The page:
Diane Nearhos wrote about five ways in which the team can work around Stamkos’s absence [Tampa Bay Times, paid content]:
Stamkos is responsible for nearly a quarter of the Lightning’s power-play goals this season. The unit managed without him in Saturday’s win over the Flames, though, with two goals on four opportunities. Johnson is the likely candidate to take Stamkos’ spot. He is a right-handed shot who can score; he had one of the power-play goals Saturday.
Here is the usual article about how many injuries Stamkos has had. I mean, we all know already. [Tampa Bay Times, paid content]
But this franchise, more than most, knows how precious a shot at the title can be. The Lightning won the Cup in 2004 and then had the next season wiped out by labor strife, followed by a new collective bargaining agreement that tore the guts out of a special team.
We’re used to it, so moving on... to NIKITA KUUUUUUCHEROV! Speaking of other amazing players on our team, would you like the t-shirt? I bought mine today, it’s $31.00 with tax and shipping.
Celebrate your love of Nikita Kucherov with a new shirt! https://t.co/I4Pu3uAgM2— Raw Charge (@RawCharge) March 1, 2020
The EBUG situation
Apparently the NHL GMs were already going to discuss EBUG rules before David Ayers became a hero, but it sure is a coincidence. (Greg Wyshynski does not think it’s a coincidence, by the way. He thinks that the NHL likes to kill anything remotely fun.) The alternative is to make a skater go into goal — which honestly, I’d kind of like to see. This article from Associated Press has a pretty interesting survey of GM thoughts about it.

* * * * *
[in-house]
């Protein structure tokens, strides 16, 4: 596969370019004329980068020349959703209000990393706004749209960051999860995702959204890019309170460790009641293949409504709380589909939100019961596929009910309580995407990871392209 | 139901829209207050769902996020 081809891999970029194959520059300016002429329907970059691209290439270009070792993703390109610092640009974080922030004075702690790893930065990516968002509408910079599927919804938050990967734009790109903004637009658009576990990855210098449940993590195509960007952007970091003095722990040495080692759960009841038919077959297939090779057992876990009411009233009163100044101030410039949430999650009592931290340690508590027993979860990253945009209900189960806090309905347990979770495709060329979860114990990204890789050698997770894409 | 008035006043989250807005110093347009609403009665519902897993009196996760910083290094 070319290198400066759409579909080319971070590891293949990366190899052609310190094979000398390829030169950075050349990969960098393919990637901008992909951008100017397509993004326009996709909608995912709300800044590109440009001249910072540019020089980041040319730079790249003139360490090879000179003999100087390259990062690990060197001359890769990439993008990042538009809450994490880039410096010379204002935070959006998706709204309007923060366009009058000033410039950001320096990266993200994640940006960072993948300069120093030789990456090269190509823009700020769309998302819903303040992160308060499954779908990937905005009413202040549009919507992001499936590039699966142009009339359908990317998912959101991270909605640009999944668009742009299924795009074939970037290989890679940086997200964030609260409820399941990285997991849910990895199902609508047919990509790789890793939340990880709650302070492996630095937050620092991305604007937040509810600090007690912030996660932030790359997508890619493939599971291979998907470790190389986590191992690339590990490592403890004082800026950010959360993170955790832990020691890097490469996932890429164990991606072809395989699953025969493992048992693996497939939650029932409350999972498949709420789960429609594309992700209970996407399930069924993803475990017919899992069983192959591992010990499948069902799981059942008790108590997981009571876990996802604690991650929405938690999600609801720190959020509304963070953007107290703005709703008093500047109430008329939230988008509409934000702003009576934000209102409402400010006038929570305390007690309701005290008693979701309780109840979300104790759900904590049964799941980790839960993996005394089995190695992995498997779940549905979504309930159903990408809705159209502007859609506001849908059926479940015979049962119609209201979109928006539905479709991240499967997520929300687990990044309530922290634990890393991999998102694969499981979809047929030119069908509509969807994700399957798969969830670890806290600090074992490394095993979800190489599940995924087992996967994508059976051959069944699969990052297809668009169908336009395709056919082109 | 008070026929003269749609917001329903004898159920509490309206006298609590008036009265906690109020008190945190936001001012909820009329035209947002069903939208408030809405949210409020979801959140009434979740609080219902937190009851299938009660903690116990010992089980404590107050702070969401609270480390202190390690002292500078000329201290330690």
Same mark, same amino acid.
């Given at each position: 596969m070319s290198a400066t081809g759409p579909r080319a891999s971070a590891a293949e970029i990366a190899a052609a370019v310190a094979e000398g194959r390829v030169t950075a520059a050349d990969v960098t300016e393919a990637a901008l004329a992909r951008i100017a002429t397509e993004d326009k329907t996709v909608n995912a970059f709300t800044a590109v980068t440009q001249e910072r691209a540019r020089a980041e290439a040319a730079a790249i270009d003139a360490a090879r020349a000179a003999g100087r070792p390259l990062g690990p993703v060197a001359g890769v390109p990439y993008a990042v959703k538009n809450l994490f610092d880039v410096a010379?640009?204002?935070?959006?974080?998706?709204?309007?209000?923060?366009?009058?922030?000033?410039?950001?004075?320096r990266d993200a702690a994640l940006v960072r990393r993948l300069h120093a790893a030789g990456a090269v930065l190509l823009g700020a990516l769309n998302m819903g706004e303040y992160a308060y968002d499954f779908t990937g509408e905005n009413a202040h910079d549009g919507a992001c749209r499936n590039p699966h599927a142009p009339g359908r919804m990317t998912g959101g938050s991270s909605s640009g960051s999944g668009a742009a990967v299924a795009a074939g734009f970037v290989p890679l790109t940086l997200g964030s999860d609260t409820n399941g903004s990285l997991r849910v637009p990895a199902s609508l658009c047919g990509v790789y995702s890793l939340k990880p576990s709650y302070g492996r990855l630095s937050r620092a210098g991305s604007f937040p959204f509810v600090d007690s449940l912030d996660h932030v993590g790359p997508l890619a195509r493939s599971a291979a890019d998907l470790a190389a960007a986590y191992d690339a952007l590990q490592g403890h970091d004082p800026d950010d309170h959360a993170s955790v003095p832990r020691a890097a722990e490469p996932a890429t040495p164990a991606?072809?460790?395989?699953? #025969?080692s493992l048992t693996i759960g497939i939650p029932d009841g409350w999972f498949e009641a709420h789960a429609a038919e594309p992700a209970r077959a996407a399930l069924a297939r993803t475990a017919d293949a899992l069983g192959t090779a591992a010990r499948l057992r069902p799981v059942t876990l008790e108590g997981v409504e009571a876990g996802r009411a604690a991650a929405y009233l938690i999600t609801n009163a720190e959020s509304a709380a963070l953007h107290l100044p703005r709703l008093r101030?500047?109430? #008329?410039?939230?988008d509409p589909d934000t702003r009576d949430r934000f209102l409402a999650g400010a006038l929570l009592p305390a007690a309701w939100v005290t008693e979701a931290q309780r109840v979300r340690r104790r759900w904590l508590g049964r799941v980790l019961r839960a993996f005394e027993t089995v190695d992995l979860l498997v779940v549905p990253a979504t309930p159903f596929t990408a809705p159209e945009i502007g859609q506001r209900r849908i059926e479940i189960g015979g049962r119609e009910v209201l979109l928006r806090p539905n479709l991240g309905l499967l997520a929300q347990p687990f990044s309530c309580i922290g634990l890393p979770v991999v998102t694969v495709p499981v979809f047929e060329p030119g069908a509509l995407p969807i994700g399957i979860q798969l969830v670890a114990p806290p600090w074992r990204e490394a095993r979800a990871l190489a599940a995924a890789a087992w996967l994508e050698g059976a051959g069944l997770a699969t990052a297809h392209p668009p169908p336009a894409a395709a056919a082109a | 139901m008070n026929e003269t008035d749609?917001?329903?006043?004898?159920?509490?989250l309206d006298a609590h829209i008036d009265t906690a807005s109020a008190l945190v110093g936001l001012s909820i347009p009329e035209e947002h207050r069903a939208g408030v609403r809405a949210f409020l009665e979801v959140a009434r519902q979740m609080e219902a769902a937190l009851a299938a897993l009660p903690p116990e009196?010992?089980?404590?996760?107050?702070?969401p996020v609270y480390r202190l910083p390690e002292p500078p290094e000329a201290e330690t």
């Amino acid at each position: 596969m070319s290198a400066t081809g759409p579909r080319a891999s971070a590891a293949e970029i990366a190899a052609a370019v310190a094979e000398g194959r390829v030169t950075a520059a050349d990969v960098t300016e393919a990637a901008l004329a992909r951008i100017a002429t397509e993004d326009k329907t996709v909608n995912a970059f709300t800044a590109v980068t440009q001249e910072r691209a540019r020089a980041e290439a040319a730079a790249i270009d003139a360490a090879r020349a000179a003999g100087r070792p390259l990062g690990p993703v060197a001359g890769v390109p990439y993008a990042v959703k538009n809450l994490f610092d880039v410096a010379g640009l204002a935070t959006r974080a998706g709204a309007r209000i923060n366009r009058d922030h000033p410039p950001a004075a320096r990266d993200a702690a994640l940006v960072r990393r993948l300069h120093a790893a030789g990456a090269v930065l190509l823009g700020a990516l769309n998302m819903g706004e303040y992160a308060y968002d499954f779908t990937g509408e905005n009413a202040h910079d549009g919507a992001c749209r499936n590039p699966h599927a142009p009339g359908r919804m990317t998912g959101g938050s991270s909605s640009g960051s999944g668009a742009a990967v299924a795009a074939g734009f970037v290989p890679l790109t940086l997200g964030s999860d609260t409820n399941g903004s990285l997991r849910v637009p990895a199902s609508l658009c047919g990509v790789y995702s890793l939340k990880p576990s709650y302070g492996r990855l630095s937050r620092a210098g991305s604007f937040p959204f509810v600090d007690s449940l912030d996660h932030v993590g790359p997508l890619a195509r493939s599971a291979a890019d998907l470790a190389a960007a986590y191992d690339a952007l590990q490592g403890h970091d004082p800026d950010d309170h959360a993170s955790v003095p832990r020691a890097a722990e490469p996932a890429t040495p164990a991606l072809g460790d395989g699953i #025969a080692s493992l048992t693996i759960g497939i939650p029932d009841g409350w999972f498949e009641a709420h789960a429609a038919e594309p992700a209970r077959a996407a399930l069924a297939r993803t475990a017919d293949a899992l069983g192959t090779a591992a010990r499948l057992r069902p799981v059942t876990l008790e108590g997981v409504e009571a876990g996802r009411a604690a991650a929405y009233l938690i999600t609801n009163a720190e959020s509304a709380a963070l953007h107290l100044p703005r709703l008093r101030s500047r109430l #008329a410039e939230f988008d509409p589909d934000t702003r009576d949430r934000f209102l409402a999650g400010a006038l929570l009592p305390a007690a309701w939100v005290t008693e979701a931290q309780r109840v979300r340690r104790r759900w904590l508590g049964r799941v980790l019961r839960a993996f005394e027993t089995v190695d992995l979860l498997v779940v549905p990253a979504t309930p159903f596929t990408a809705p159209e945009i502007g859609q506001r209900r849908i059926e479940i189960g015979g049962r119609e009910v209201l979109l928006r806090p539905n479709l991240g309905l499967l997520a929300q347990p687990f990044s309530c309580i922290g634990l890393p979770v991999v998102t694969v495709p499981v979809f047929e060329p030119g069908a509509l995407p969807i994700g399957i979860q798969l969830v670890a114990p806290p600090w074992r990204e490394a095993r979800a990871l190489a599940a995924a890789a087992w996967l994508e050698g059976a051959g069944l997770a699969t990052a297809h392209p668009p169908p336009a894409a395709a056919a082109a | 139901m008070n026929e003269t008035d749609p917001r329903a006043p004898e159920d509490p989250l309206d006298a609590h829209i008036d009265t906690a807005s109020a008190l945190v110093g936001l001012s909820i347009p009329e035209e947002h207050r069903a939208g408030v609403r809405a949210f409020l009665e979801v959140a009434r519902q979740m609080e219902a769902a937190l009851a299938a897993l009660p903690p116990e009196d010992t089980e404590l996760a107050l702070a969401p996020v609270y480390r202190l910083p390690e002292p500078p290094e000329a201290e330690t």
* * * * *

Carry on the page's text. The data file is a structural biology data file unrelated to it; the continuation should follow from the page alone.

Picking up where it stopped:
The current rule of each arena making an emergency goalie available for a game stemmed from 2015 incident in Florida that almost caused an assistant coach to put on the pads and play. Because an emergency goalie has only been required to play twice — Ayres and Scott Foster for Chicago in 2018 — executives and officials might find the current protocol better than the old-school notion of making a skater go in net.
This link is especially for noted Raw Charge writer of all things collectible, Justing. Hey Justing — speaking of Ayers, did you know that he has his own hockey card? [CTV News]
Ayers is featured in Upper Deck’s “Game Dated Moments” collection, which are cards unveiled on a weekly-basis that highlight notable performances from the past week. Ayres’ card features him standing in the Hurricanes’ net, wearing the team’s jersey and Maple Leafs equipment, while the back of the card tells the story of the game.
And read this: Q&A: Tony McKegney on the NHL’s overlooked generation of black players [Sportsnet]
SN: Trevor was able to persevere. Akim Aliu hasn’t had the same ability to bounce back from his difficult treatment in the game.
TM: He brought up a lot of memories for me, ugly memories. The things he went through were things I experienced in my time. I always said that the game is tough enough as it is just trying to survive and make it outside of having that stuff on the sidelines. It made me angry, made me sad. It brought back some ghosts and nightmares, memories for me, which I hadn’t thought about in a while. And I still struggle with that to this day, with the trauma that I faced and went through. I’m sure it affected me. I tried to, basically, suppress a lot of those feelings back then, and I just buried a lot of things. But sometimes it comes back to haunt you.
Everybody, stay healthy and have a good week!